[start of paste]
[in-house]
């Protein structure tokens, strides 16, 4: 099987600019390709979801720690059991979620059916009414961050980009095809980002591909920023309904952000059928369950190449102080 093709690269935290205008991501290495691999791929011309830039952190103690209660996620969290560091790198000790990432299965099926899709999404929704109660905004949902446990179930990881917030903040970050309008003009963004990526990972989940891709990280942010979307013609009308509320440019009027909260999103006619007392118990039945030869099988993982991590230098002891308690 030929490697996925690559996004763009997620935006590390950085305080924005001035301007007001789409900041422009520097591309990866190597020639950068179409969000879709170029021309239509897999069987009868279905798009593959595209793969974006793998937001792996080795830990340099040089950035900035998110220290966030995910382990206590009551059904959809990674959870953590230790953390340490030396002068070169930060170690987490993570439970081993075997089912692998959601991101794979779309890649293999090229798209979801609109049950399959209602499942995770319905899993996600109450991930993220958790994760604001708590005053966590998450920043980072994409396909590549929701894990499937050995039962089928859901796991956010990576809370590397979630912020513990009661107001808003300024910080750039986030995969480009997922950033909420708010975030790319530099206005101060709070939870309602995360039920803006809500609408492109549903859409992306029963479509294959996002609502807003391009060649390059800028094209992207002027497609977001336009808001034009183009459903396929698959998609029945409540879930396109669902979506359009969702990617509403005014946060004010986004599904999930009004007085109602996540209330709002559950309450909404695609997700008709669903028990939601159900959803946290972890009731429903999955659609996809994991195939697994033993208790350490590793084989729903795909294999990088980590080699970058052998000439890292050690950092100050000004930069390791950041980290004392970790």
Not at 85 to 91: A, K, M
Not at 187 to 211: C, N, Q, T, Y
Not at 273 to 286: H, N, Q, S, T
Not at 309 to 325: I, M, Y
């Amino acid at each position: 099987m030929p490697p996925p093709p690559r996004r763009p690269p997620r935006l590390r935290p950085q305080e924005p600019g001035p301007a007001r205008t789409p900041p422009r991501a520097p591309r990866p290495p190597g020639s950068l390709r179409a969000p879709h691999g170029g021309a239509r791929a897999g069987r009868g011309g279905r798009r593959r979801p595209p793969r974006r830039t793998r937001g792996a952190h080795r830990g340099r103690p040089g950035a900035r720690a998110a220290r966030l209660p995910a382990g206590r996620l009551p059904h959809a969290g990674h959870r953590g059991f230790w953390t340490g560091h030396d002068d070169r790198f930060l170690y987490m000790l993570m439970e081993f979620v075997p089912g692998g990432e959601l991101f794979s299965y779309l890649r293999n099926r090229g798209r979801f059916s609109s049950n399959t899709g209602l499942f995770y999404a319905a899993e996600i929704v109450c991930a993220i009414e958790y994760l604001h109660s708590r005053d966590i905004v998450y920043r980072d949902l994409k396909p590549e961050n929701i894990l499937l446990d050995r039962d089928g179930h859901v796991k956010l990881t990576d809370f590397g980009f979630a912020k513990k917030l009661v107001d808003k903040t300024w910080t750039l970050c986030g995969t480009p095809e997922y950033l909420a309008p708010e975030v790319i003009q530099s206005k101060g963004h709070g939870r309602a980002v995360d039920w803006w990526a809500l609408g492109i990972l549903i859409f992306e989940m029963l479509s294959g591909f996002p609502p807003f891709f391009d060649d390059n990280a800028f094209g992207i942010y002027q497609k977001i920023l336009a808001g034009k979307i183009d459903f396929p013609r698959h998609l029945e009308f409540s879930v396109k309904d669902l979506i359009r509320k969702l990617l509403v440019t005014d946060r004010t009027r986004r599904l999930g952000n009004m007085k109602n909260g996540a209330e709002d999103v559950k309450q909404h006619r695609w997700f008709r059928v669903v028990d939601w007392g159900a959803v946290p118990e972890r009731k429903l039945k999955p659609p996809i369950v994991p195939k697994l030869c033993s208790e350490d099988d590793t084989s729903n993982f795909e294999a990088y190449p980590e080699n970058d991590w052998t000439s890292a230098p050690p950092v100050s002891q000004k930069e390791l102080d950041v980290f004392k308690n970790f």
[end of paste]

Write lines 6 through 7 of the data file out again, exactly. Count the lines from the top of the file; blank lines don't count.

Not at 309 to 325: I, M, Y
């Amino acid at each position: 099987m030929p490697p996925p093709p690559r996004r763009p690269p997620r935006l590390r935290p950085q305080e924005p600019g001035p301007a007001r205008t789409p900041p422009r991501a520097p591309r990866p290495p190597g020639s950068l390709r179409a969000p879709h691999g170029g021309a239509r791929a897999g069987r009868g011309g279905r798009r593959r979801p595209p793969r974006r830039t793998r937001g792996a952190h080795r830990g340099r103690p040089g950035a900035r720690a998110a220290r966030l209660p995910a382990g206590r996620l009551p059904h959809a969290g990674h959870r953590g059991f230790w953390t340490g560091h030396d002068d070169r790198f930060l170690y987490m000790l993570m439970e081993f979620v075997p089912g692998g990432e959601l991101f794979s299965y779309l890649r293999n099926r090229g798209r979801f059916s609109s049950n399959t899709g209602l499942f995770y999404a319905a899993e996600i929704v109450c991930a993220i009414e958790y994760l604001h109660s708590r005053d966590i905004v998450y920043r980072d949902l994409k396909p590549e961050n929701i894990l499937l446990d050995r039962d089928g179930h859901v796991k956010l990881t990576d809370f590397g980009f979630a912020k513990k917030l009661v107001d808003k903040t300024w910080t750039l970050c986030g995969t480009p095809e997922y950033l909420a309008p708010e975030v790319i003009q530099s206005k101060g963004h709070g939870r309602a980002v995360d039920w803006w990526a809500l609408g492109i990972l549903i859409f992306e989940m029963l479509s294959g591909f996002p609502p807003f891709f391009d060649d390059n990280a800028f094209g992207i942010y002027q497609k977001i920023l336009a808001g034009k979307i183009d459903f396929p013609r698959h998609l029945e009308f409540s879930v396109k309904d669902l979506i359009r509320k969702l990617l509403v440019t005014d946060r004010t009027r986004r599904l999930g952000n009004m007085k109602n909260g996540a209330e709002d999103v559950k309450q909404h006619r695609w997700f008709r059928v669903v028990d939601w007392g159900a959803v946290p118990e972890r009731k429903l039945k999955p659609p996809i369950v994991p195939k697994l030869c033993s208790e350490d099988d590793t084989s729903n993982f795909e294999a990088y190449p980590e080699n970058d991590w052998t000439s890292a230098p050690p950092v100050s002891q000004k930069e390791l102080d950041v980290f004392k308690n970790f």